Wallach: Right, so sometimes when people think about reforming Congress they think, “oh man Congress screws everything up. What we need to do reform it is make it less obnoxious and get it out of the way. Basically, accept the fact that policymaking is going to move into the executive branch and make sure that Congress is basically more pliant and goes along with what the president wants.” And so in some ways that is an appealing vision in terms of being able to efficiently make sensible policy. The executive branch does have some advantages by virtue of being unitary — of having one boss at the top of it. That makes things simpler and that has some appeal. But at the same time, if we go that route, if Congress becomes this rubber stamp, we really lose the essence of politics, we lose the essence of self-government and we are going to feel more and more like we are just governed by some alien elite in Washington — which of course we already have a pretty strong sense of today. That’s a very dangerous scenario as far as I am concerned.
Matheson: Yeah absolutely, and the way you framed it in the book, that Congress just becomes this venue for cheap talk, but no real meaningful deliberation or elevated dialogue. So, that leads us to the last of the plausible paths for Congress and that’s renewal. Describe that for us.
Wallach: My sense of what’s really at the essence of Congress comes from James Madison and especially the very famous argument in Federalist 10 where he talks about the interplay of factions, creating a sense of balance, and protecting against abuses by putting these factions into motion and setting them against each other — setting them in the process of having to accommodate each other. And that’s really what Congress needs to do, that’s its institutional advantage: to be a place where all these different factions can have voices and find ways of creating coalitions of strange bedfellows and producing unexpected things. Congress really ought to be a place of real interest that surprising things come out of — you sort of mix up all the elements of American life and see what they manage to come up with together. It ought to be kind of surprising and not just a matter of implementing some pre-determined partisan agenda. The revival or renewal scenario depends on restoring this sense of factional interplay, getting it so that it’s not just all about the two sides’ top partisan leaders making deals in the backroom, but actually letting a broader mix of elements come into interaction with each other and seeing what happens.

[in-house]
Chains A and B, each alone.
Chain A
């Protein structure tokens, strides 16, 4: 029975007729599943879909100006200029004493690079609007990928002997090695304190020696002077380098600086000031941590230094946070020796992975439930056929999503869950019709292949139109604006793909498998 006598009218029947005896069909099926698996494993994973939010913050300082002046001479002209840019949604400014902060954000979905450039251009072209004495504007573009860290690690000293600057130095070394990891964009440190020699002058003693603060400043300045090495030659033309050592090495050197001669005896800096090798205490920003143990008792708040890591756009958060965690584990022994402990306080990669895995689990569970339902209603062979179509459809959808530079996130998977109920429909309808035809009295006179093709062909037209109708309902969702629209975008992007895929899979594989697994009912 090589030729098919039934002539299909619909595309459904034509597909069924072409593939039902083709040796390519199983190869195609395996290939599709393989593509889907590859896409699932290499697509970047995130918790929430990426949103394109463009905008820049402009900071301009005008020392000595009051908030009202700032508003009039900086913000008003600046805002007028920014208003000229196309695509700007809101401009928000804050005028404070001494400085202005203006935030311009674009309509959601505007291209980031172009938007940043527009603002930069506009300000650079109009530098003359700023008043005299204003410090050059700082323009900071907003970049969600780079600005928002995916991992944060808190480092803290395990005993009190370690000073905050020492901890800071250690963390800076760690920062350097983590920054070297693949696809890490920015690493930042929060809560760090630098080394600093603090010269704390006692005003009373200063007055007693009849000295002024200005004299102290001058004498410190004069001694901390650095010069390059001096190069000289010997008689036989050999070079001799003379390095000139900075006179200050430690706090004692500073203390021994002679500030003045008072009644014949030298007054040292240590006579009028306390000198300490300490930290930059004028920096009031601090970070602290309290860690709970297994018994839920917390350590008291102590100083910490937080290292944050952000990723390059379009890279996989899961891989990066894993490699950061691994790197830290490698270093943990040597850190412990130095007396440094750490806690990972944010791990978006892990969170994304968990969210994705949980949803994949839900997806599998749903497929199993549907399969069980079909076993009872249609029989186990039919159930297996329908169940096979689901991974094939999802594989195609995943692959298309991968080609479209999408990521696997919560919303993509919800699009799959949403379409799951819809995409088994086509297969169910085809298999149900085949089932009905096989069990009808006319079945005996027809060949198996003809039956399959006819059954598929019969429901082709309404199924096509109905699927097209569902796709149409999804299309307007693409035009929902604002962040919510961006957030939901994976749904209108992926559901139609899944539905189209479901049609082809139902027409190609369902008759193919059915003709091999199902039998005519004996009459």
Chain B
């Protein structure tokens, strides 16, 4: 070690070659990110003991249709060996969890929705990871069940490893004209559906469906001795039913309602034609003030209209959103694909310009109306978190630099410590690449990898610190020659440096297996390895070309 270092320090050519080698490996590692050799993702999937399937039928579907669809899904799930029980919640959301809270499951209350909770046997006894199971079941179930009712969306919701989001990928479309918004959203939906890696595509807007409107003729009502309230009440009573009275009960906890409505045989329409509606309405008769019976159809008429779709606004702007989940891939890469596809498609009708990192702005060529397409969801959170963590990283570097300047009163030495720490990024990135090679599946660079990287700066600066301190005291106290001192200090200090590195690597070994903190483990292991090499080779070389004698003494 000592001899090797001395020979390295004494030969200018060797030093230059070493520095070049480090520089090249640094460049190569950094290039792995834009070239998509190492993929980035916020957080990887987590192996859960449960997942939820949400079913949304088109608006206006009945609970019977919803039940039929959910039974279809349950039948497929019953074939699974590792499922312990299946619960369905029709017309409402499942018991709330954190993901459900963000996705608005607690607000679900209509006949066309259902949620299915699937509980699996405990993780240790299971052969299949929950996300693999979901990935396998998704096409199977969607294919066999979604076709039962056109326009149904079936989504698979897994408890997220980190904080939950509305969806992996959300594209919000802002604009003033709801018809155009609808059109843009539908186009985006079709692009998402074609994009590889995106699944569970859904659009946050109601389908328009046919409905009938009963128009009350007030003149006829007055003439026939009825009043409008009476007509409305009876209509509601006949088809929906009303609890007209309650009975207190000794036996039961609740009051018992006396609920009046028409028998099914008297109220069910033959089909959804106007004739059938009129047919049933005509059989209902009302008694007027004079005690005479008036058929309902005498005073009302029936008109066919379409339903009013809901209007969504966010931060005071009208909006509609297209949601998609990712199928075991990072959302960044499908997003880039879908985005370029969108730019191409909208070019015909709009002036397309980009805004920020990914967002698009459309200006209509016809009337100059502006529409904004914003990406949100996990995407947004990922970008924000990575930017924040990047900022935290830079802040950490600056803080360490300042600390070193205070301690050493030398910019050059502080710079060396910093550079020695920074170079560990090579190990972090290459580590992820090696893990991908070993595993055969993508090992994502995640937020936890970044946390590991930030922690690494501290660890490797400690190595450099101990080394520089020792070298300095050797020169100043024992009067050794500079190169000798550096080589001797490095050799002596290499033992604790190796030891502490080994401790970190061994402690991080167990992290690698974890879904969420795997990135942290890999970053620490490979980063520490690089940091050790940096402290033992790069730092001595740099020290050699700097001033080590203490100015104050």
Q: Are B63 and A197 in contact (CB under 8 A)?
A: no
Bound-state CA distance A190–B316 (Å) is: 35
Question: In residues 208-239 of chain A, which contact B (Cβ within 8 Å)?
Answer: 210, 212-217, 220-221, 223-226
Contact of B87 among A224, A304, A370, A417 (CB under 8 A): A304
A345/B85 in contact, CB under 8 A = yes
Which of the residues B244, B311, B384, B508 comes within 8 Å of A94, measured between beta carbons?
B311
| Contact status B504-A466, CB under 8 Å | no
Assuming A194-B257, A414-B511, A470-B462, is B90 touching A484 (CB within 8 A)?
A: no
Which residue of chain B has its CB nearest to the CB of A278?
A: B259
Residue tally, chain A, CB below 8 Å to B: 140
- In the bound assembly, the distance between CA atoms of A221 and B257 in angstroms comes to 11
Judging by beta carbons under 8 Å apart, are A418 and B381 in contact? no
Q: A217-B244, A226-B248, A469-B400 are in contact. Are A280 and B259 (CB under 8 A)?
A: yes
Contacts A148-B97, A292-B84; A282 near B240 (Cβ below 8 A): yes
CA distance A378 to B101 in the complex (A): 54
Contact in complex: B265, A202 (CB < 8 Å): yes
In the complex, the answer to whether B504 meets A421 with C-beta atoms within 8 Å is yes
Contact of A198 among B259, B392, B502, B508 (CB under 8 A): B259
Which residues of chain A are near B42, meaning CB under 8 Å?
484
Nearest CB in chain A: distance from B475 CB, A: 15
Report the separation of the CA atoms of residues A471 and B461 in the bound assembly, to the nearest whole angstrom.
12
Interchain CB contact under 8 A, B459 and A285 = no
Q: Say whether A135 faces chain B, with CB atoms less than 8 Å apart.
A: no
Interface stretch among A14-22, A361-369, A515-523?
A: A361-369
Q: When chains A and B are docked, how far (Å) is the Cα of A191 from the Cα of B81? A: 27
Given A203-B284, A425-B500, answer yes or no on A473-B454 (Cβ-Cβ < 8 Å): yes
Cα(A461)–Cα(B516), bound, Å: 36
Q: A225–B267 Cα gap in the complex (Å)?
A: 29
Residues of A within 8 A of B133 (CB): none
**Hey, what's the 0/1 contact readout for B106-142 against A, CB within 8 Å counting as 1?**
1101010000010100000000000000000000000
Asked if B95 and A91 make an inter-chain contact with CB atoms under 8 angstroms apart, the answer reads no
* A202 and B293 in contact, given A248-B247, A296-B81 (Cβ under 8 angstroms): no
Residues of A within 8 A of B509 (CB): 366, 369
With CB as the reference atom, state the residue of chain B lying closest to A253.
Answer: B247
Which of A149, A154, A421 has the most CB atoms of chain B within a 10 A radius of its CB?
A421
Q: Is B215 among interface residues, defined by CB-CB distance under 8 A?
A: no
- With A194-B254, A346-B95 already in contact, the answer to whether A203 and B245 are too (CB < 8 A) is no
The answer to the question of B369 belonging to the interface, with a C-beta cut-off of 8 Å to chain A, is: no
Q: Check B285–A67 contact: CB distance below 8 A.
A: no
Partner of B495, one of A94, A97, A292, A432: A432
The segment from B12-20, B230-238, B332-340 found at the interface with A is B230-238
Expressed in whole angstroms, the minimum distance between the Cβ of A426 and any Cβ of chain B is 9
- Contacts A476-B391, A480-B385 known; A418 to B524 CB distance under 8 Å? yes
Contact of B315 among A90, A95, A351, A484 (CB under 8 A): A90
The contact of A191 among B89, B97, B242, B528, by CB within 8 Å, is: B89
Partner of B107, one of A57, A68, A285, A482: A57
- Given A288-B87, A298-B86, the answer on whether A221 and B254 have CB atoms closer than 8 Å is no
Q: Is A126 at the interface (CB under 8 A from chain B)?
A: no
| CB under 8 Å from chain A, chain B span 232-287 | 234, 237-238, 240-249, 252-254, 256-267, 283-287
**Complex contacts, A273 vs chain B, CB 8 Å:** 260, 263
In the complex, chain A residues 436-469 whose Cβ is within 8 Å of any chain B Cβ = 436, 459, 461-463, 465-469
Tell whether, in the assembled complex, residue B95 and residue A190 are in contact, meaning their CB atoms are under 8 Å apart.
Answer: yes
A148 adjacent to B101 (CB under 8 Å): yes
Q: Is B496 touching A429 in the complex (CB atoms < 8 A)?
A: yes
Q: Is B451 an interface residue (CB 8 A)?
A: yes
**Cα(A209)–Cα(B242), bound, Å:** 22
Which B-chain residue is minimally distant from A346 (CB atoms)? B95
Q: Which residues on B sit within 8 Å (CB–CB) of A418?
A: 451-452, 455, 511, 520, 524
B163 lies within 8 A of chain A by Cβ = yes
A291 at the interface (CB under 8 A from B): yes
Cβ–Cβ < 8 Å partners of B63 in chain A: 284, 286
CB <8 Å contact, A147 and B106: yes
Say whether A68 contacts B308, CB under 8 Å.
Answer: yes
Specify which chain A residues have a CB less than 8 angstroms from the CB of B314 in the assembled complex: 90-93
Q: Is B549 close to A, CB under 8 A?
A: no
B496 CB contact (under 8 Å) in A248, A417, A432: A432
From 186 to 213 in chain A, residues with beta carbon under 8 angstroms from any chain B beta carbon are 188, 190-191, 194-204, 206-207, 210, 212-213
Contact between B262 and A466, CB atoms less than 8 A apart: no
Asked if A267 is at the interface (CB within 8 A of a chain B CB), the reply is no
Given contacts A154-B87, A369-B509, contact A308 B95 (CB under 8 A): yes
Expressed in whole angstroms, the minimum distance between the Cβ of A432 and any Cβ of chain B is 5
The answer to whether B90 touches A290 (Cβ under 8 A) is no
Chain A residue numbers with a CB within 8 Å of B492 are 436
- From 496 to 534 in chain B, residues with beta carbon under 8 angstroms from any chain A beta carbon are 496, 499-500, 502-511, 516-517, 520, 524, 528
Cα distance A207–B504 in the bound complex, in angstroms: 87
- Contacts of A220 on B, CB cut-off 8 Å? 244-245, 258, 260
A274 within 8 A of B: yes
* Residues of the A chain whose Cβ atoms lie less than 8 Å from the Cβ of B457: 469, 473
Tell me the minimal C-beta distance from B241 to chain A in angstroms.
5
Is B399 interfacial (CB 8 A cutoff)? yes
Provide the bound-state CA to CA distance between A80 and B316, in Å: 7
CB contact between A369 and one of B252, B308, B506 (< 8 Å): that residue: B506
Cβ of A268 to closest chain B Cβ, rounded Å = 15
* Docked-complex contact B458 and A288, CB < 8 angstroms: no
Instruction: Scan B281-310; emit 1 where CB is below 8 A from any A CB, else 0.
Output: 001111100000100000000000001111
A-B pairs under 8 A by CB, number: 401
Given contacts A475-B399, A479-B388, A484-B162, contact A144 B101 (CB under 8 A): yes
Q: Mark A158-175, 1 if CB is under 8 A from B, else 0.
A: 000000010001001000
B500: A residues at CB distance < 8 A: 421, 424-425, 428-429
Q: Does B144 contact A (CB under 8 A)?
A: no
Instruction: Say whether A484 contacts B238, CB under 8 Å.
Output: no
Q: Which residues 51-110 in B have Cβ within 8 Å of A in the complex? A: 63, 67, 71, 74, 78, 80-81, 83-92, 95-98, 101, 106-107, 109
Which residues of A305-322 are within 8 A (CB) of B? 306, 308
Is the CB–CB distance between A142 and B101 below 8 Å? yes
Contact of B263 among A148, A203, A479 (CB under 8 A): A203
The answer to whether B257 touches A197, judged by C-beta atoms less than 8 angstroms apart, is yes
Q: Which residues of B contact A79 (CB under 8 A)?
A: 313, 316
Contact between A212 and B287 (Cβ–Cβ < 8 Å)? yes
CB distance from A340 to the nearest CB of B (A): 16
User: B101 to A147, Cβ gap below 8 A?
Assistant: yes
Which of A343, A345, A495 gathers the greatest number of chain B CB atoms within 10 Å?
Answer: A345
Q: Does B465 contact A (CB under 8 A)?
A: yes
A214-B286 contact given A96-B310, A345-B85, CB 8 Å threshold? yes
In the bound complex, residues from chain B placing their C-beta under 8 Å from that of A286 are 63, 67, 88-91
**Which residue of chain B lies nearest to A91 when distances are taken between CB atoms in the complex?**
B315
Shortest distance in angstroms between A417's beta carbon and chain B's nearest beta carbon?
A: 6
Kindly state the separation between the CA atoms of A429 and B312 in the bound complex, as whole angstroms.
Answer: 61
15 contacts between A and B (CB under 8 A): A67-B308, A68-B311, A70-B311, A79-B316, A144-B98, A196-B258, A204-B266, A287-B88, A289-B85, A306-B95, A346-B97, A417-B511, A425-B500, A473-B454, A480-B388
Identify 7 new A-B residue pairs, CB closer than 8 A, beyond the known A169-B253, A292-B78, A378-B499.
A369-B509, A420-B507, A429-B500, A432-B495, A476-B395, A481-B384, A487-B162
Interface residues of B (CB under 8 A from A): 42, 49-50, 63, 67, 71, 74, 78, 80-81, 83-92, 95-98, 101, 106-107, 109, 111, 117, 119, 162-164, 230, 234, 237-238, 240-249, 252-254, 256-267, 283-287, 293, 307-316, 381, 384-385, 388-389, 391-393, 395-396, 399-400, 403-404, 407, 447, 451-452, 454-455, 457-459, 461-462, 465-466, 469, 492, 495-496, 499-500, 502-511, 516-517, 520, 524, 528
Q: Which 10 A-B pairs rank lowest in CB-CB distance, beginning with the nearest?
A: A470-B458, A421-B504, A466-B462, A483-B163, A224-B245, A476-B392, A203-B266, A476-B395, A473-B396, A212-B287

Matheson: So important, this is an important read. Why Congress. Phil Wallach is a senior fellow at the American Enterprise Institute and this is what he studies: America’s Separation of Powers. This is so important. Phil I love the way you break it down in terms of some simple things that we can all wrap our heads and say, “wait a minute that is what the founding fathers had in mind when they made a representative deliberative legislative process to keep the country and the Constitution a Republic moving forward”. Phil thanks so much for joining us today, great read, great insight and research as always. We look forward to having you back to continue the conversation.
Wallach: Really appreciate it, thanks a lot.